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September 2013 - The Crane Wives

 Crane Wives Bring a Modern Twist to a Classic Sound

Story by LCC Radio Staff Reporter Karen Hopper

The Crane WivesThe Crane Wives make being young and in a rising folk band seem like so much fun. They’re friends, of course. Drums/percussion/vocals man Dan Rickabus says, “We spend six days a week together! We have to be friends, or it wouldn’t work.”

While The Crane Wives began as a duo between Kate Pillsbury and Emilee Petersmark (they met while working at a restaurant), the band evolved from friendship. Dan and “banjaneer” Tom Gunnels grew up together in Ortonville and they’ve been in 5 bands together. “This is definitely our favorite,” says Dan.

Dan and Tom roomed together at Grand Valley State University, where Dan met bassist Ben Zito through Scientists of Sound, an audio club. Dan saw Emily and Kate play open mics as solo artists, and was later invited to jam with Tom and Kate.

Big fans of The Decemberists, Emilee and Kate decided to call their duo The Crane Wives after The Decemberists’ album The Crane Wife, which is itself a reference to a Japanese folk tale that Emilee and Kate liked. The name does convey a certain folksiness and femininity.

Dan confirmed the importance of The Decemberists to the band’s evolution; before he started listening to The Decemberists, he didn’t play folk music at all, but it was their sound that inspired him to move towards folk in his own efforts. Tom Gunnels, the “banjaneer” was a guitar player prior to The Crane Wives; he learned banjo just to fit the sound.

Ben Zito, the bass player who joined The Crane Wives aThe Crane Wivesfter telling them that they needed a bass player, says he doesn’t think they’ll ever leave Michigan. They’re all in their mid-twenties now--they grew up here, went to school here, and still live in Grand Rapids. Ben, Dan, Tom and Emilee are all from the Detroit suburbs, while Kate is from Gaylord. But wanting to stay in Michigan doesn’t mean that they don’t want to expand. They’re hoping to move towards national tours soon, and they just bought a van and trailer to help make that happen. They’re trying to hit the road harder with shows, and seem to be succeeding--the interviews with Dan and Ben were done via phone due to the band's schedule.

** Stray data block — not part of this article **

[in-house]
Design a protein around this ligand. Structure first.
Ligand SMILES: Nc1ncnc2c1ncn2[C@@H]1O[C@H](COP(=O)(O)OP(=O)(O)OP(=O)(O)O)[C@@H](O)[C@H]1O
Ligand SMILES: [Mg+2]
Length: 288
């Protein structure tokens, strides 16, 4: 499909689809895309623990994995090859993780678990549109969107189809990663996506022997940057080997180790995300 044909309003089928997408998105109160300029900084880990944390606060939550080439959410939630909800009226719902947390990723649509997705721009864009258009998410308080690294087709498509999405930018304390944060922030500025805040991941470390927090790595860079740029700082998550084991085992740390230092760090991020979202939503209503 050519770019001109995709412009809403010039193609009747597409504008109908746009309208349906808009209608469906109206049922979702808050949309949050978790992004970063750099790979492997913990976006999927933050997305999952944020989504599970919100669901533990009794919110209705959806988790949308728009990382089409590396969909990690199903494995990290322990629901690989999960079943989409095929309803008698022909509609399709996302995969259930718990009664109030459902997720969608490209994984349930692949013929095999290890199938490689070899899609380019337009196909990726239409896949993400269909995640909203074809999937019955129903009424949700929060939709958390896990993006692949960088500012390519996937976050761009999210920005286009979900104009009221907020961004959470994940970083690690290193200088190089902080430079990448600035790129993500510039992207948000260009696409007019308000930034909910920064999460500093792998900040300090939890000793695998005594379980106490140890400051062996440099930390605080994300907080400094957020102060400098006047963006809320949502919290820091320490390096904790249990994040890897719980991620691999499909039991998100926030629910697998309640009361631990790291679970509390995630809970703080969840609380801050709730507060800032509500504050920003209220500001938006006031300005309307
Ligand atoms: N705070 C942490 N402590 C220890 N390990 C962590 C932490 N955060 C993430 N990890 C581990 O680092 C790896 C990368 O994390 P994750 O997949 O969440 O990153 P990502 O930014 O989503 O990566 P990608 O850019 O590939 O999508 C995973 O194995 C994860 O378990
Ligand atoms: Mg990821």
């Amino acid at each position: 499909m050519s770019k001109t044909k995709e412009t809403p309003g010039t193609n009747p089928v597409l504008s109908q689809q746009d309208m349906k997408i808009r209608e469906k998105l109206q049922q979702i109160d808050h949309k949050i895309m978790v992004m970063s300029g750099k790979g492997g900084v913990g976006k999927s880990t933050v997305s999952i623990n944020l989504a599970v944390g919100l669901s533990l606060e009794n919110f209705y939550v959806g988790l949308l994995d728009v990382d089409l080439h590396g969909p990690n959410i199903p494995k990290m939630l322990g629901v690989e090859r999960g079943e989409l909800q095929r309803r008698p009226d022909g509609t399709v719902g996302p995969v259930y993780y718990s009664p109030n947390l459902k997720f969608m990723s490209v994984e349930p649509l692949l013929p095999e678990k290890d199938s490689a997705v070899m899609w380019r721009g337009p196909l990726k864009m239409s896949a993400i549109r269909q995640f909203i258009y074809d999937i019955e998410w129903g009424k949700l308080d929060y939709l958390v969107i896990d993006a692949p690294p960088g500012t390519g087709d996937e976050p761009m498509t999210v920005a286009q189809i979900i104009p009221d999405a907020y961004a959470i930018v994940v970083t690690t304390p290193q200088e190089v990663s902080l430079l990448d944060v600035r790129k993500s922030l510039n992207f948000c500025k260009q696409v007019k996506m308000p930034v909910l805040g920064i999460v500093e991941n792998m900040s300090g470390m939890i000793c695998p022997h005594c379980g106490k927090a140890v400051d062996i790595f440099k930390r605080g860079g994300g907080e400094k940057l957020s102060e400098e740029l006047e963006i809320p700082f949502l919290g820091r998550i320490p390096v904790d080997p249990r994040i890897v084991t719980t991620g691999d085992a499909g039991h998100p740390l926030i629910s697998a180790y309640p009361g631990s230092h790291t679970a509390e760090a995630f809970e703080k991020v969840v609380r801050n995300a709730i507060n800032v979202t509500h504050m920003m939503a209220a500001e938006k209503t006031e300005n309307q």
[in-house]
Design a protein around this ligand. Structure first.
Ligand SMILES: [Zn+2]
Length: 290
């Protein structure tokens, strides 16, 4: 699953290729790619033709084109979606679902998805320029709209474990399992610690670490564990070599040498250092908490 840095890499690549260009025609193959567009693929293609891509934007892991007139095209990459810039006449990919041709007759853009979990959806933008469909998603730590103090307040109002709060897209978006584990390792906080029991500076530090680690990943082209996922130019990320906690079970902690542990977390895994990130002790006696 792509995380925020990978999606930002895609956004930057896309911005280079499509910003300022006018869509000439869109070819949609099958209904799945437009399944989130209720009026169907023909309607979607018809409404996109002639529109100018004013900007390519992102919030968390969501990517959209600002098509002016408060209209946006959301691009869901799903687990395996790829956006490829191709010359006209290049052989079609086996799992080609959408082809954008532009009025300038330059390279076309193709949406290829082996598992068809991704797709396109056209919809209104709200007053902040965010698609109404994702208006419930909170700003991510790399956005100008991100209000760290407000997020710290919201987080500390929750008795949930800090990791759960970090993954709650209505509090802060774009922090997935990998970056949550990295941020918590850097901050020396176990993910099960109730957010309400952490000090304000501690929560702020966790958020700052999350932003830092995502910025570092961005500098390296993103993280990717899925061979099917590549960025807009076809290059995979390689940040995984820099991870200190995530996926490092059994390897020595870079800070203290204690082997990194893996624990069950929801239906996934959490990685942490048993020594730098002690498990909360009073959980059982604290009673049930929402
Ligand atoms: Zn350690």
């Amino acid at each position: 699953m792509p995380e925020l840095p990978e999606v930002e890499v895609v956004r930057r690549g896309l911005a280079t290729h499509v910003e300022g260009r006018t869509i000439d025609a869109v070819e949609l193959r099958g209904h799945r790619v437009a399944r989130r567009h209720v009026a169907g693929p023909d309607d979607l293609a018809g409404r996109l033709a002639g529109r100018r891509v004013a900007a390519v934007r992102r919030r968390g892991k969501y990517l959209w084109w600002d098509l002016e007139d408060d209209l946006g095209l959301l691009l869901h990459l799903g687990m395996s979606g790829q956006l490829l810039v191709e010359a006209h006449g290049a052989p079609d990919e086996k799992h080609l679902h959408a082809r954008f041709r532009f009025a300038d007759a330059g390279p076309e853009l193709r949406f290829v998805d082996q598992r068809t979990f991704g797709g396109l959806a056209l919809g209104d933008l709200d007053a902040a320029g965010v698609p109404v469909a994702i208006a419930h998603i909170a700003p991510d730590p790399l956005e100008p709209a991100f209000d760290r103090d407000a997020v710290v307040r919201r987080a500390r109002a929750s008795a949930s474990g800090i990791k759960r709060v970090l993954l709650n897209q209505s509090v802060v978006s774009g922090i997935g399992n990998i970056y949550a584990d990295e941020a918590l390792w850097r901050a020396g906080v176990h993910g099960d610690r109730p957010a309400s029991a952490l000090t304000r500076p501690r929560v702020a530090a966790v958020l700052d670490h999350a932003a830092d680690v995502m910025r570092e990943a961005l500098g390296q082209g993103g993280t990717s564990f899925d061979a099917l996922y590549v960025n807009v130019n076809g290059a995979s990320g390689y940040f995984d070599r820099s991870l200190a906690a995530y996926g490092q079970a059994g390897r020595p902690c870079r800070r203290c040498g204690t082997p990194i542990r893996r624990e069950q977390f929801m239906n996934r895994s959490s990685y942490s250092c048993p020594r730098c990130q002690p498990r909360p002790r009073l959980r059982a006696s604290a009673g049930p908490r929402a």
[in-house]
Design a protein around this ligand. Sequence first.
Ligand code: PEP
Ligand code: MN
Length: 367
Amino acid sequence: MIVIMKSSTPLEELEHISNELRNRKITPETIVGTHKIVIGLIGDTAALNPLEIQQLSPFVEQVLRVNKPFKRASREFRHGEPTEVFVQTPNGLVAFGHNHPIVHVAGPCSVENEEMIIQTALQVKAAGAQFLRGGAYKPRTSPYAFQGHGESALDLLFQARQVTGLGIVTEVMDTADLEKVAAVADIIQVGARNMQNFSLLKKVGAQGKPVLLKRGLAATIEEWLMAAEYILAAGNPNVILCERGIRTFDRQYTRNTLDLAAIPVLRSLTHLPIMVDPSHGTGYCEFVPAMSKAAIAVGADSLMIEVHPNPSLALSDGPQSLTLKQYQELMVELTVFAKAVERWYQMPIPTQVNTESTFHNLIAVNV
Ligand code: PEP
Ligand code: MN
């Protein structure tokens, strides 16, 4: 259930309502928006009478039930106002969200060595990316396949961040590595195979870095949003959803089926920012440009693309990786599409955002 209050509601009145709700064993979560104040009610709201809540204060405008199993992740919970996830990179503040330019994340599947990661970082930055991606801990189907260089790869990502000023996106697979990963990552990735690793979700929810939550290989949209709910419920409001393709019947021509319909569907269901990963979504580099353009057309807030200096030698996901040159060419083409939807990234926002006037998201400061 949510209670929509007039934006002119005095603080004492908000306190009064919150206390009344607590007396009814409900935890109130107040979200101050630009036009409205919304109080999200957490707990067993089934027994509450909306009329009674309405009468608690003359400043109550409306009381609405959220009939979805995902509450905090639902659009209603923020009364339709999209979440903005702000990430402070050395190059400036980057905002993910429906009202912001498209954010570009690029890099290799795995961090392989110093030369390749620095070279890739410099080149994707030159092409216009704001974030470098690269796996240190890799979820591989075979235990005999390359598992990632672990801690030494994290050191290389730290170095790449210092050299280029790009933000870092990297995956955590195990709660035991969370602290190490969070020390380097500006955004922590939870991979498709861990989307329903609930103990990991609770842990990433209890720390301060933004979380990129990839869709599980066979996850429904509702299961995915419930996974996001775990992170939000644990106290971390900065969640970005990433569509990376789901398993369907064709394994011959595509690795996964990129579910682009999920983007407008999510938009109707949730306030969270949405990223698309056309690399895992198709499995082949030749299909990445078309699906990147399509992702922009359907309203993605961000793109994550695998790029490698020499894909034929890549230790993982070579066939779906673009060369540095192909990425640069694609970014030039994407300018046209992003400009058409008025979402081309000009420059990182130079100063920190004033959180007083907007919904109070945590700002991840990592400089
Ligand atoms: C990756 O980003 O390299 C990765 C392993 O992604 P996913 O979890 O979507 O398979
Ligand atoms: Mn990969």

“In the past we, did two albums in two years--we kind of rushed ourselves because we were so excited to be making music,” says Dan. The Crane Wives perform close to 30 original songs in their sets, and do only a handful of covers (Smooth Criminal, Home, Black Betty, and Sound of Silence). But now they’re opening up the process. They don’t have deadlines and are trying to let material flow more naturally. Ben says that the material that is emerging during this period is “Original stuff, innovative for us.”

But the touring is what sounds like the most fun. When they aren’t on stage, they take advantage of their environment. After a recent gig in the Upper Peninsula, the band went hiking at Sugar Mountain and did some cliff diving--“more like jumping and flailing,” says Ben.
Crane Wives in concert
One night in a hotel, they found a Gideon’s bible. Emilee was messing around on banjo and Dan sang verses from Ecclesiastes--theatrically, no doubt.

If you’d ever listened to Dan’s voice mail, you wouldn’t be surprised by his antics. “Hello, you’ve reached the science fiction technology communication device of Dan Rickabus,” begins the recording. Dan’s voice then instructs you to leave a message and promises to call you back, “IN THE FUTURE.”

Dan and Ben’s attitude toward being in a women-fronted band was refreshingly modern. While Ben claims his role backstage is rather paternal--handling finances and the business end--both Ben and Dan speak with high respect for Emilee and Kate.

“I do feel that the voice of it is the two ladies,” says Dan, and notes that Kate has said to him that she turns her tragedies into triumphs in song.

When asked, "So, being in a band called 'wives' doesn’t threaten your masculinity?" Ben only chuckles and says that he’s “pretty secure in that.”

“Besides,” he adds, “What’s wrong with being a woman?”



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